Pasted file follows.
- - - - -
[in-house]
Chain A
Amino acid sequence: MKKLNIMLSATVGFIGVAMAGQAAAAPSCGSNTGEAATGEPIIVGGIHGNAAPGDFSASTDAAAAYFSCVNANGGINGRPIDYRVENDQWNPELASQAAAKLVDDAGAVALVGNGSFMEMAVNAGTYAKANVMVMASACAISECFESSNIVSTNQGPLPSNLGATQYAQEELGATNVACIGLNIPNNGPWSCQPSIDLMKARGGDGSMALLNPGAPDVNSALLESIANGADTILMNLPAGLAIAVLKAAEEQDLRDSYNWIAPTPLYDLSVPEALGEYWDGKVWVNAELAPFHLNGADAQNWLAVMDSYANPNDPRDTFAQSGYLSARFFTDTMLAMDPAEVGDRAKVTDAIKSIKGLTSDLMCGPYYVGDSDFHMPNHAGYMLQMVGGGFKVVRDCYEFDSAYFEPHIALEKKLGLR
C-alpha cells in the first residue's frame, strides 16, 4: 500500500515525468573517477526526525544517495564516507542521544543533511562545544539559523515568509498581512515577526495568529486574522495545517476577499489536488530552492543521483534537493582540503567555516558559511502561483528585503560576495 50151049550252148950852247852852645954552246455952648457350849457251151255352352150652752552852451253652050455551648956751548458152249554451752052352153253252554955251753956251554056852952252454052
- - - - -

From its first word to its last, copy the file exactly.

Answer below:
[in-house]
Chain A
Amino acid sequence: MKKLNIMLSATVGFIGVAMAGQAAAAPSCGSNTGEAATGEPIIVGGIHGNAAPGDFSASTDAAAAYFSCVNANGGINGRPIDYRVENDQWNPELASQAAAKLVDDAGAVALVGNGSFMEMAVNAGTYAKANVMVMASACAISECFESSNIVSTNQGPLPSNLGATQYAQEELGATNVACIGLNIPNNGPWSCQPSIDLMKARGGDGSMALLNPGAPDVNSALLESIANGADTILMNLPAGLAIAVLKAAEEQDLRDSYNWIAPTPLYDLSVPEALGEYWDGKVWVNAELAPFHLNGADAQNWLAVMDSYANPNDPRDTFAQSGYLSARFFTDTMLAMDPAEVGDRAKVTDAIKSIKGLTSDLMCGPYYVGDSDFHMPNHAGYMLQMVGGGFKVVRDCYEFDSAYFEPHIALEKKLGLR
C-alpha cells in the first residue's frame, strides 16, 4: 500500500515525468573517477526526525544517495564516507542521544543533511562545544539559523515568509498581512515577526495568529486574522495545517476577499489536488530552492543521483534537493582540503567555516558559511502561483528585503560576495 50151049550252148950852247852852645954552246455952648457350849457251151255352352150652752552852451253652050455551648956751548458152249554451752052352153253252554955251753956251554056852952252454052